Laying to rest a Coast Guard veteran

Fireman Efrain Rosa, a member of Coast Guard Air Station Clearwater’s honor platoon, plays taps during Lt. j.g. Frank Spatuzzi’s funeral ceremony at St. Cecelia's Catholic Church in Clearwater Fla. U.S. Coast Guard photo by Petty Officer 3rd Class Michael De Nyse.

Fireman Efrain Rosa, a member of Coast Guard Air Station Clearwater’s honor platoon, plays taps during Lt. j.g. Frank Spatuzzi’s funeral ceremony at St. Cecelia's Catholic Church in Clearwater Fla. U.S. Coast Guard photo by Petty Officer 3rd Class Michael De Nyse.

Written by Petty Officer 3rd Class Michael De Nyse, 7th Coast Guard District public affairs.

The Greatest Generation came of age during a world at war and created a lasting legacy that has shaped us all and the communities we live in. One of the members of this generation was Coast Guard Lt. j.g. Frank L. Spatuzzi, a talented ballplayer who felt a higher calling and made the decision to leave a game he loved. That higher calling was service to his country.

Spatuzzi was born in 1918 in Vauxhall, N.J. Early in life, Spatuzzi’s talents as a “ballplayer” opened doors for him. By the age of 18, he earned a scholarship to Seton Hall University. Playing first base, and hitting more than a .400 average, Spatuzzi was on track to play professional baseball. He was so talented, years later he was elected to the university’s athletic hall of fame.

Petty Officer 3rd Class Amanda McKillip, a member of Coast Guard Air Station Clearwater’s honor platoon, folders the national ensign during Lt. j.g. Frank Spatuzzi’s funeral ceremony. U.S. Coast Guard photo by Petty Officer 3rd Class Michael De Nyse.

Petty Officer 3rd Class Amanda McKillip, a member of Coast Guard Air Station Clearwater’s honor platoon, folders the national ensign during Lt. j.g. Frank Spatuzzi’s funeral ceremony. U.S. Coast Guard photo by Petty Officer 3rd Class Michael De Nyse.

At the age of 19, he graduated with a bachelor’s degree and by the age of 21, he had a master’s degree from Seton Hall University.

Spatuzzi’s academic and athletic achievements came to an abrupt halt in 1941, when the United States was thrust into war. Without hesitation, Spatuzzi traded in his baseball glove for patriotic duty. He put his athletic career on hold and joined the U.S. Coast Guard.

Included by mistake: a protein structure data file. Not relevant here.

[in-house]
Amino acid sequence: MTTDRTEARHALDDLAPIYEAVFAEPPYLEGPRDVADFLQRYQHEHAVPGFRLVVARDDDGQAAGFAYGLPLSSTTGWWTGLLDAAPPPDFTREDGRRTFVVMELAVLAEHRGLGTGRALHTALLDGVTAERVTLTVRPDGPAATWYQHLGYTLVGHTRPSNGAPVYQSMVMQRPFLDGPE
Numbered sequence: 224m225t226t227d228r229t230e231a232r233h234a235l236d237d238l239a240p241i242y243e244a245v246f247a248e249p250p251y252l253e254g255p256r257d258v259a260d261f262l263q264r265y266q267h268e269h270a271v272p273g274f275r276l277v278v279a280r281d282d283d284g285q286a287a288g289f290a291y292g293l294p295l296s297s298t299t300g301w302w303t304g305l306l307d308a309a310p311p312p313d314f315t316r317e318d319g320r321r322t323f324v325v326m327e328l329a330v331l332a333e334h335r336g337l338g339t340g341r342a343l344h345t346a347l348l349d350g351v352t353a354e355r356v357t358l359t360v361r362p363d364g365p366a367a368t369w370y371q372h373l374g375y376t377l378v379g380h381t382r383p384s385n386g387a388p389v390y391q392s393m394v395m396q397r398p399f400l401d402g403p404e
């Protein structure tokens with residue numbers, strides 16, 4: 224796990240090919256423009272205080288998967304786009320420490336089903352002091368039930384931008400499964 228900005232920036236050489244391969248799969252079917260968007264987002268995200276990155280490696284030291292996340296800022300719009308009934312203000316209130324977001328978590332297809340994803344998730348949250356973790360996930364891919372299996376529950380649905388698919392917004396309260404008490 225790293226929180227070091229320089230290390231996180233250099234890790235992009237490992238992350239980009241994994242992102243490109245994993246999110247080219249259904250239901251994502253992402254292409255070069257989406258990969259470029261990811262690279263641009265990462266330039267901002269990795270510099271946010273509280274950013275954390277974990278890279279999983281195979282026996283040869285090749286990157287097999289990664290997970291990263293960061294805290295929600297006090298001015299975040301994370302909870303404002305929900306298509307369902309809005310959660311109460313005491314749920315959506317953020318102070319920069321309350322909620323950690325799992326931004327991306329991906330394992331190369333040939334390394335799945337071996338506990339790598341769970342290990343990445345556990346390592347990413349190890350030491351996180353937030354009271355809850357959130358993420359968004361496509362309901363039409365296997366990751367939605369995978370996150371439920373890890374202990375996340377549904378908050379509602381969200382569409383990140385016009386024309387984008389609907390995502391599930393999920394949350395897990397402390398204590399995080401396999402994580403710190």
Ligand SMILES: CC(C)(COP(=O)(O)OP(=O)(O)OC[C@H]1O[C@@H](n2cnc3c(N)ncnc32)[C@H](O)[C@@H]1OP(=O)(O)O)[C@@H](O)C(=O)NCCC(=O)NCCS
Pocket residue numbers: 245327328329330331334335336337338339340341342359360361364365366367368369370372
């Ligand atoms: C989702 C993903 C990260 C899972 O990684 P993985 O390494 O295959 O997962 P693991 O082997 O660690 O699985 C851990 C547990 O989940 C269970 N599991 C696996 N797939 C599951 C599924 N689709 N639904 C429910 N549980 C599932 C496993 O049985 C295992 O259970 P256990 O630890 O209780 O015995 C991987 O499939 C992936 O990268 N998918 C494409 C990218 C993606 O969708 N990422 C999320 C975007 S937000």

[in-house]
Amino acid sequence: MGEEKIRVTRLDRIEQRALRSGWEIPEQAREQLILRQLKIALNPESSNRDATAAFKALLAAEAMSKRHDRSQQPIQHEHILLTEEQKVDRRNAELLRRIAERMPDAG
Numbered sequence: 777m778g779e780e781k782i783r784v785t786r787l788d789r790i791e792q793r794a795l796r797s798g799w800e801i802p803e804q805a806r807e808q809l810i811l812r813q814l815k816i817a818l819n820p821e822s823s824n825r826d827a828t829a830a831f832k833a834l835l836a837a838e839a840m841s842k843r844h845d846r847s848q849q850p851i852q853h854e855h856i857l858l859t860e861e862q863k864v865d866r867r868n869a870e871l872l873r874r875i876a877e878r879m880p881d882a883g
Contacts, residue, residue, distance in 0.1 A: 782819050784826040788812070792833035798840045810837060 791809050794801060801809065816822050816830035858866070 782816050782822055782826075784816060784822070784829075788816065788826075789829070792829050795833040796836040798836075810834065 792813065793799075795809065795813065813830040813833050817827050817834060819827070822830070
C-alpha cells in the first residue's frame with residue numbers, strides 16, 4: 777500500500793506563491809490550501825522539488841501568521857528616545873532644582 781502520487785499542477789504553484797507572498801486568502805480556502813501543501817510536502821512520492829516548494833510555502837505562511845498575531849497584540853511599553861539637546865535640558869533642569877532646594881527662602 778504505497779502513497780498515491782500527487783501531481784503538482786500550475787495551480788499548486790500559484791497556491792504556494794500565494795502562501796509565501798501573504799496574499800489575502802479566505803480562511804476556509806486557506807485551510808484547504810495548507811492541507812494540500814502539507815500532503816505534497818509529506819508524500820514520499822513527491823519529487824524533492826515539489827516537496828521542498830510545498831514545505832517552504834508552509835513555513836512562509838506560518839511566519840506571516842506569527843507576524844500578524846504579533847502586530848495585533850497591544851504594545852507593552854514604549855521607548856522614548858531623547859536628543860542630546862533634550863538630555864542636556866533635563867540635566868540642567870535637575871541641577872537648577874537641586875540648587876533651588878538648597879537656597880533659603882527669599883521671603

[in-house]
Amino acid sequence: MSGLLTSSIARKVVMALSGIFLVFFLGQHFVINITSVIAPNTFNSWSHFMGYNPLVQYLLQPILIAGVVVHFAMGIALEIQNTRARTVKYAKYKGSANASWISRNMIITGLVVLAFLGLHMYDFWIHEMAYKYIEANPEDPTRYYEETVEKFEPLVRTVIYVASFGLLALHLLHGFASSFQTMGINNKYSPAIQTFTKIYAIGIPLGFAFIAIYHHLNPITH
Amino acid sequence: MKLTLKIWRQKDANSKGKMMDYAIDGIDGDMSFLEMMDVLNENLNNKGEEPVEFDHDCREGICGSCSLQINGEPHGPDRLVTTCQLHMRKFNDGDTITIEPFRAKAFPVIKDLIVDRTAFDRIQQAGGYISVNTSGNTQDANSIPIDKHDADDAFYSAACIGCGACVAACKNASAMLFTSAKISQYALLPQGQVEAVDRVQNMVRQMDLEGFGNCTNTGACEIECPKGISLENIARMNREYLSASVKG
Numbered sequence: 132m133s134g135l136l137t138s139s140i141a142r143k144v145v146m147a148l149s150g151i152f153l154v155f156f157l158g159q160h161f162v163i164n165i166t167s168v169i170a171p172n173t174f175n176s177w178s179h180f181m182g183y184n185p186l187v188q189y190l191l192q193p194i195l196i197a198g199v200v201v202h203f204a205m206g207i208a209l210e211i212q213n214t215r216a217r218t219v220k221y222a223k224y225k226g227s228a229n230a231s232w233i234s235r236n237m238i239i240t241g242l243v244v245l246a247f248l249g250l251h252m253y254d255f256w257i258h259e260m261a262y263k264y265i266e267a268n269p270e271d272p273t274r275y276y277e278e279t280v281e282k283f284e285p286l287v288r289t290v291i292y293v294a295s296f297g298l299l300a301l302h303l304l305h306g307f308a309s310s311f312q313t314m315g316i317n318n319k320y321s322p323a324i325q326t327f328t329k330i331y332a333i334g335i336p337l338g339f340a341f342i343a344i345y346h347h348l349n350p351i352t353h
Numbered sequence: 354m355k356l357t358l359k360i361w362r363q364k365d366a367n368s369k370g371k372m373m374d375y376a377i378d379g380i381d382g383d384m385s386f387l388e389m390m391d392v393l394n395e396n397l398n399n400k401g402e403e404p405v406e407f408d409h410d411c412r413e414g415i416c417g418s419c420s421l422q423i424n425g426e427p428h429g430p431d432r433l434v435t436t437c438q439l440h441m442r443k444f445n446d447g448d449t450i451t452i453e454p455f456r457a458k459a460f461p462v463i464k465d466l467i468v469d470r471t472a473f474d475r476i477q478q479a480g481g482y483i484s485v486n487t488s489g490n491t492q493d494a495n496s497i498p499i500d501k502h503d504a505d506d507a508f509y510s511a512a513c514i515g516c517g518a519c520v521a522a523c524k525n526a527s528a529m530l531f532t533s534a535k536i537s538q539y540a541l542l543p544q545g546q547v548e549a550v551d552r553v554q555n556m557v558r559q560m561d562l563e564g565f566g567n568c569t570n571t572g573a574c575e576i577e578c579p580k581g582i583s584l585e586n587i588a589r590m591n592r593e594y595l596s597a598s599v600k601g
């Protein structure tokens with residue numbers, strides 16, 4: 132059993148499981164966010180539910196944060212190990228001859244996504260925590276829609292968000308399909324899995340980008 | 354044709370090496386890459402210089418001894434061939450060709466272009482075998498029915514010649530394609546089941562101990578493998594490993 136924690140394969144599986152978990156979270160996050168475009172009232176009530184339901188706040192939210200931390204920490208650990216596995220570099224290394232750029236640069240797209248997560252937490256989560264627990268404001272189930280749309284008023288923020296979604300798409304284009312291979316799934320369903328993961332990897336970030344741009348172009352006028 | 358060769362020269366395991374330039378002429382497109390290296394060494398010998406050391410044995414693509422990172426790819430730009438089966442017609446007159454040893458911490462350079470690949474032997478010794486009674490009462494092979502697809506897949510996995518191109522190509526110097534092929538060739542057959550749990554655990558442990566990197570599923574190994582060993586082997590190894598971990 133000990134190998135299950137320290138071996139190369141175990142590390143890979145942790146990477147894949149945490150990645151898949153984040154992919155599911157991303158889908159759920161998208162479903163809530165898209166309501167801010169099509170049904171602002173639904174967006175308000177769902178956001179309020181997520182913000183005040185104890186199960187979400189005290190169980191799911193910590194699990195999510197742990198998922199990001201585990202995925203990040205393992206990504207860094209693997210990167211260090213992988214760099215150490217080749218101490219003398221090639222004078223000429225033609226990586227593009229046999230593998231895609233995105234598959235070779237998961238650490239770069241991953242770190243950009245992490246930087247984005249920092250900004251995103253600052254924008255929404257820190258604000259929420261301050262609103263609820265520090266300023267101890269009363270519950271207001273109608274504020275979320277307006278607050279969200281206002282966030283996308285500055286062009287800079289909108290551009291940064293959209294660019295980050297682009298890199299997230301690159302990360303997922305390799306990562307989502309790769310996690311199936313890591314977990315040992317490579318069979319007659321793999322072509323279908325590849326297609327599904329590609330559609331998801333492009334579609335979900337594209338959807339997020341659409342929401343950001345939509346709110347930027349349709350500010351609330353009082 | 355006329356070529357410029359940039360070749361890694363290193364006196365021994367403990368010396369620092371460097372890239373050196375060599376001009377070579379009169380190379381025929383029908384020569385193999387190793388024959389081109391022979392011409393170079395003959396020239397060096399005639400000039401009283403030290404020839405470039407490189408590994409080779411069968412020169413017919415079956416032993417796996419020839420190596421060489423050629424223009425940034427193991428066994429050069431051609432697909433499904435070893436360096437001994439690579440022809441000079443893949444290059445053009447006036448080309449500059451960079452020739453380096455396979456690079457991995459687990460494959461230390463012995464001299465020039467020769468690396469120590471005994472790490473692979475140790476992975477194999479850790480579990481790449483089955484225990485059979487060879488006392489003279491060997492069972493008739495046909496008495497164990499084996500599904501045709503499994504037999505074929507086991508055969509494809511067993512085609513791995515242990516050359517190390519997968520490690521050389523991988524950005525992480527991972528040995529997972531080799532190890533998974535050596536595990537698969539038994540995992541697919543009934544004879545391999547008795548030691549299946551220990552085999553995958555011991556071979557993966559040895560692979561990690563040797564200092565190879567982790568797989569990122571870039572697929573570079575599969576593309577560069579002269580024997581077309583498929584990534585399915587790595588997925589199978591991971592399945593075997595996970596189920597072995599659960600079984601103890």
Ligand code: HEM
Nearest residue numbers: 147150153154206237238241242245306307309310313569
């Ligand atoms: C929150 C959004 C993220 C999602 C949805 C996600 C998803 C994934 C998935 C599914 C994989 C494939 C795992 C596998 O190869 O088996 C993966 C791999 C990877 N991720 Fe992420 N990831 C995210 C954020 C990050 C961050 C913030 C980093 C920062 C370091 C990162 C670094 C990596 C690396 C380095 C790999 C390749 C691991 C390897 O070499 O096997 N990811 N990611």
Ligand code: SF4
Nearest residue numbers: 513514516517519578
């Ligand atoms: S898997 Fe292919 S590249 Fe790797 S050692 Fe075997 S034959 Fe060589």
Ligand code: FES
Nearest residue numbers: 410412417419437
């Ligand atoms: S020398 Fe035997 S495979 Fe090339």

During the war, Spatuzzi fought in the Pacific with great distinction. As an officer, he participated in the D-Day invasions of Saipan, Tinian and Leyte. In 1944, a suicide plane hit Spatuzzi’s vessel while he was fighting in the Philippine Islands.

Spatuzzi was hospitalized for more than two years. In 1946, he was decorated for his courage under fire and was awarded the Purple Heart for shrapnel wounds that left him with a life-long limp.

After leaving the military, Spatuzzi was never able to play baseball again; however, that misfortune didn’t damper his spirits.

“I live by three virtues,” said Spatuzzi in an interview before his death. “One is compassion. The other is sensitivity. And the third one is integrity. I don’t need anything else.”

Spatuzzi went on to teach high school and then started a successful construction business. His work was instrumental in building St. Peter’s Orphanage in New Jersey.

In the 1970s he met his wife, Inge, a paralegal in a lawyer’s office. Each had been married and divorced, with eight children total. They married in 1985 and Spatuzzi later celebrated the union with a necklace he designed. It had cursive letters spelling “The Franchise” with a diamond dotting the “i.”

“In Frank’s lexicon, it has to do with baseball,” said Inge Spatuzzi, now 77.

Capt. John Turner, commanding officer of Air Station Clearwater, receives an embrace from Inge Spatuzzi, during her husband's funeral ceremony. U.S. Coast Guard photo by Petty Officer 3rd Class Michael De Nyse.

Capt. John Turner, commanding officer of Air Station Clearwater, receives an embrace from Inge Spatuzzi, during her husband's funeral ceremony. U.S. Coast Guard photo by Petty Officer 3rd Class Michael De Nyse.

Spatuzzi died Jan. 13, at Suncoast Hospice House in Brookside, Fla., after his health declined from a fall he suffered in December 2011. He was 93.

Family, friends and military brethren honored and celebrated the life of Spatuzzi during a funeral ceremony at St. Cecelia’s Catholic Church in Clearwater, Fla.

“Many loved him. He will be missed, honored and never forgotten,” said a life-long friend at the ceremony.

Spatuzzi truly lived his life. He stuck by his convictions and led by example. His loved ones, his friends and his entire Coast Guard family will surely miss him.

Click the above image to see a video of Lt. j.g. Frank Spatuzzi, a decorated World War II veteran. In this Tampa Bay Times video, he calmly talks about the day a Japanese suicide bomber headed right for his ship. Video courtesy of Tampa Bay Times.

Click the above image to see a video of Lt. j.g. Frank Spatuzzi, a decorated World War II veteran. In this Tampa Bay Times video, he calmly talks about the day a Japanese suicide bomber headed right for his ship. Video courtesy of Tampa Bay Times.

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